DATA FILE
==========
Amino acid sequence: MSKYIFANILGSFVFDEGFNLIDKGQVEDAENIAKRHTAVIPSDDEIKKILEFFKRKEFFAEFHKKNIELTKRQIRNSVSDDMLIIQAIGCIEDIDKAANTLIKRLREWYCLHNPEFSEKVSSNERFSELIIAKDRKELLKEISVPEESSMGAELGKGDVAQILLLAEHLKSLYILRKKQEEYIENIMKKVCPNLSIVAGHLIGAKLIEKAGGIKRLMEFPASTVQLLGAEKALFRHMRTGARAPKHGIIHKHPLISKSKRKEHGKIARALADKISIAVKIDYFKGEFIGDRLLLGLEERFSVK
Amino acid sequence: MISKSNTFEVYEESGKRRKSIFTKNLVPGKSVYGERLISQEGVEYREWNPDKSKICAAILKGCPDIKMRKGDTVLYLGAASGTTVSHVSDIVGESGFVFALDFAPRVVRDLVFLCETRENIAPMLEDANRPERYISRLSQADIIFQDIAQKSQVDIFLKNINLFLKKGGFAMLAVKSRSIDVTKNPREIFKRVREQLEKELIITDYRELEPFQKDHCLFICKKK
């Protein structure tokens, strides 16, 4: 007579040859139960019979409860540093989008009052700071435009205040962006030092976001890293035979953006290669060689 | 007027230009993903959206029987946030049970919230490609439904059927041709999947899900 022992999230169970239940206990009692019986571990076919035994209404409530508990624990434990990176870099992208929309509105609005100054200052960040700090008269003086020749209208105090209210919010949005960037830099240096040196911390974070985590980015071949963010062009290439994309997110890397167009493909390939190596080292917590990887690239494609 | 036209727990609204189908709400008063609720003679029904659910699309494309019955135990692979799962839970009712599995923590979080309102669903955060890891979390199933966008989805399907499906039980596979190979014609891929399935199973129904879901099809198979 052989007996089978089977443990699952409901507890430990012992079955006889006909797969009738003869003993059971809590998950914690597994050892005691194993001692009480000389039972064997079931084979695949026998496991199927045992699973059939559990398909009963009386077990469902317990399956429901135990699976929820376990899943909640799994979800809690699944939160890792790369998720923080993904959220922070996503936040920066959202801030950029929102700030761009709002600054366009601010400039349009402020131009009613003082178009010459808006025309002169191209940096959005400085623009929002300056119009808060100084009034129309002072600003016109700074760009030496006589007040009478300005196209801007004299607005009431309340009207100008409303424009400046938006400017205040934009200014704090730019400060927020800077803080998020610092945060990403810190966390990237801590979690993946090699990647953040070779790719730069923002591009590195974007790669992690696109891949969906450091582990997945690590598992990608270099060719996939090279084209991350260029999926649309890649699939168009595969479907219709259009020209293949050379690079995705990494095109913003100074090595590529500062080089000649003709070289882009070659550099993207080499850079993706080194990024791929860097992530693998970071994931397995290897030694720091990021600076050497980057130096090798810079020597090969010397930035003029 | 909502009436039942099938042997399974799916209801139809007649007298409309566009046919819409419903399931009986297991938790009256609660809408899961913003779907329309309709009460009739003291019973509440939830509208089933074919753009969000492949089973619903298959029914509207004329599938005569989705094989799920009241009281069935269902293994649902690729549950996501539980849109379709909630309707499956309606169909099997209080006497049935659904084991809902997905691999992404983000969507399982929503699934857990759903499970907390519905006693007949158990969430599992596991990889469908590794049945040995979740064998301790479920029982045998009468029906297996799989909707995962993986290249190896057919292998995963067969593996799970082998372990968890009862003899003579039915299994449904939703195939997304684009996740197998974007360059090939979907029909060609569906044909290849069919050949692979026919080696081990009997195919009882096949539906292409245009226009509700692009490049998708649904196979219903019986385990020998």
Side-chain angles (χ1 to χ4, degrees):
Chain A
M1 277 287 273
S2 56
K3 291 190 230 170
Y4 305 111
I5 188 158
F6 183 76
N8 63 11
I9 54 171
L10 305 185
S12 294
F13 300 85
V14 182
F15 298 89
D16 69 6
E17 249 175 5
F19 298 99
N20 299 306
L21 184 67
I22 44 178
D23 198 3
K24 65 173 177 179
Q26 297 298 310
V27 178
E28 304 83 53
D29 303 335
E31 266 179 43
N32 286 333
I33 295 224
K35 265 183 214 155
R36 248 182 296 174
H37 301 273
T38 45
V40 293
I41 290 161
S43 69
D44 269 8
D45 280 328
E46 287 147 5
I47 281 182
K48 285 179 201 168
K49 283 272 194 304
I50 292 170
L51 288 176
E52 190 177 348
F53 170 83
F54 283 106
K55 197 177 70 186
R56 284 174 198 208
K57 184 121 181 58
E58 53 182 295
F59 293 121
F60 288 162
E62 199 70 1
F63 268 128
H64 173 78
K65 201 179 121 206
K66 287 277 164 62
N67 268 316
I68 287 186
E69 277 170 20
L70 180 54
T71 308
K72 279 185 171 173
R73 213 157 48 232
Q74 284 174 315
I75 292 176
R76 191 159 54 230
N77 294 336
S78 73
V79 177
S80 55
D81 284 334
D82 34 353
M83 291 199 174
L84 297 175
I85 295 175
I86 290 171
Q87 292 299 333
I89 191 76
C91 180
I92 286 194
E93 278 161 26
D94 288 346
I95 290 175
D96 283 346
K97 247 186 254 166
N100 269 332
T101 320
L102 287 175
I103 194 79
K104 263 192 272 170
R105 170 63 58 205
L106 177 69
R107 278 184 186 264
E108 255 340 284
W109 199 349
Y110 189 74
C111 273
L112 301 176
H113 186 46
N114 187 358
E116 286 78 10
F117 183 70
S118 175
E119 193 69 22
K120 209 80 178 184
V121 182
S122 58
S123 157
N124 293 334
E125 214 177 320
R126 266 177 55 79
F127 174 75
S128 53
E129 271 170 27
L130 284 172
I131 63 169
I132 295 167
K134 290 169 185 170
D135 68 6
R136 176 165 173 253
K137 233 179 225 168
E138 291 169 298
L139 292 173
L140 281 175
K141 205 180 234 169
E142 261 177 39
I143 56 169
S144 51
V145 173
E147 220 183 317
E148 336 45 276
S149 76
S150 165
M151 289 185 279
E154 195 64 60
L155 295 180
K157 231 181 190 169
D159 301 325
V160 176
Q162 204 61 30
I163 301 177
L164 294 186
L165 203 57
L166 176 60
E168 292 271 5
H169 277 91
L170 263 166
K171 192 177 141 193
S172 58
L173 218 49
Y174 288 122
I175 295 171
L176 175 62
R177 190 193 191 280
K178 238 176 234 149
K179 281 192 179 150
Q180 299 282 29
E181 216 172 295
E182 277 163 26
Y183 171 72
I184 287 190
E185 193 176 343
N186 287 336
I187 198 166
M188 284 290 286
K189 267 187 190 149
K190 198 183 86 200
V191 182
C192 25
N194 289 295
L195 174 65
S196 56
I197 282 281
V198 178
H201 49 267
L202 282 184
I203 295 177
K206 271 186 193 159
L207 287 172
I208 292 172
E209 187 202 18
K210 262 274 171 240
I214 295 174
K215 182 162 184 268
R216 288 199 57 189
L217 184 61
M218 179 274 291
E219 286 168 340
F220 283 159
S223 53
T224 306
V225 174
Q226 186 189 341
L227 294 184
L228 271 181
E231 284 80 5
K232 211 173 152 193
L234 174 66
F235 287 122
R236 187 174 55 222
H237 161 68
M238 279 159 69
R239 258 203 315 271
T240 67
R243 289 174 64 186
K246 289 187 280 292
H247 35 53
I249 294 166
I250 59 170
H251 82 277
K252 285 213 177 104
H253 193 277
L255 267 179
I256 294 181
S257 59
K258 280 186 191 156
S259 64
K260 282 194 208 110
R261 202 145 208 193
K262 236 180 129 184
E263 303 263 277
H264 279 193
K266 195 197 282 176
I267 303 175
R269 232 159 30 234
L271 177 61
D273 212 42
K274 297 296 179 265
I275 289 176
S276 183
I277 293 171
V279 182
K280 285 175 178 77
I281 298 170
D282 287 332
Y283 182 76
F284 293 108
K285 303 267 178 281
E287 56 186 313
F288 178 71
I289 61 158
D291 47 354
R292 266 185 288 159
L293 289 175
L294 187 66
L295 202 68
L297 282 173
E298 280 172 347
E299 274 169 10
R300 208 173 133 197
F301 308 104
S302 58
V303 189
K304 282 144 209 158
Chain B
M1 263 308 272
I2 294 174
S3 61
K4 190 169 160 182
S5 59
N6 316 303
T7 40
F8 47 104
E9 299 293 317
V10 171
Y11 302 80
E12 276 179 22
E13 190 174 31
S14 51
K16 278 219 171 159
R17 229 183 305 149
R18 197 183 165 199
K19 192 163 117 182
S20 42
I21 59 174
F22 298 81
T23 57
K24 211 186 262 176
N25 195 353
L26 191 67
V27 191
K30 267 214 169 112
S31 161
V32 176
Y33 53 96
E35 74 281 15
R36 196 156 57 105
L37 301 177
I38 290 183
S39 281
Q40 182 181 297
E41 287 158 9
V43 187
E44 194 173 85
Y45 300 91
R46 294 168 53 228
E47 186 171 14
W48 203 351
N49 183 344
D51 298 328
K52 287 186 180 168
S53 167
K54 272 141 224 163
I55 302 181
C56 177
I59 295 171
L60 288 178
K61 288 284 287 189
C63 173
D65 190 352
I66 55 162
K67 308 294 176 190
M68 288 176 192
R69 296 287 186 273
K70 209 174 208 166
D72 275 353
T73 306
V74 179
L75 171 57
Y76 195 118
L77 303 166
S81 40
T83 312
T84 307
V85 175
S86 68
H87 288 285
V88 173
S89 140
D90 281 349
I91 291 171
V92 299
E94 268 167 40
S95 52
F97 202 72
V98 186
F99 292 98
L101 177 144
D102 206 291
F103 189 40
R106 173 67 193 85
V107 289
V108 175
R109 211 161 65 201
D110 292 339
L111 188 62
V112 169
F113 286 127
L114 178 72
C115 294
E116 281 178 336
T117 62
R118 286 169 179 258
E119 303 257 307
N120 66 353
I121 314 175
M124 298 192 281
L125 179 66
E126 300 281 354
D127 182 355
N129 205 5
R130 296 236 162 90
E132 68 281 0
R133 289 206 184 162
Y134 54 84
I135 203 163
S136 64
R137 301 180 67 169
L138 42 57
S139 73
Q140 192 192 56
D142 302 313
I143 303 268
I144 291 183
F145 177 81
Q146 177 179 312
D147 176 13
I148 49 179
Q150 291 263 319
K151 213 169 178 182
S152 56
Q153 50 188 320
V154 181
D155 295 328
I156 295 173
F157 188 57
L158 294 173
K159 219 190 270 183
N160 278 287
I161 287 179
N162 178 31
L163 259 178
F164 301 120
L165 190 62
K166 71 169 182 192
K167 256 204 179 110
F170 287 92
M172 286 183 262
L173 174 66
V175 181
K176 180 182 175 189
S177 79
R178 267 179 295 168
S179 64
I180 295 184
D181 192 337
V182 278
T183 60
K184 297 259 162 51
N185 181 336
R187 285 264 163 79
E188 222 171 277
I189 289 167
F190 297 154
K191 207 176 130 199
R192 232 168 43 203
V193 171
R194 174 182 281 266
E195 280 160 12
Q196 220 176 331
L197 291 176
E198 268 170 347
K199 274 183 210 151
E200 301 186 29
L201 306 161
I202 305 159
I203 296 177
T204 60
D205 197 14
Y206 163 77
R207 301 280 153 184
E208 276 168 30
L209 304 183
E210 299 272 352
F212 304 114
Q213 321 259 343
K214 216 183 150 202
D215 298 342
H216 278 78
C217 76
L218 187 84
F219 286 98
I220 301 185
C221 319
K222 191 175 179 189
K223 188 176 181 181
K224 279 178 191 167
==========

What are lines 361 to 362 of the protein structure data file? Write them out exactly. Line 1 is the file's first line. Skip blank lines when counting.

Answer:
N120 66 353
I121 314 175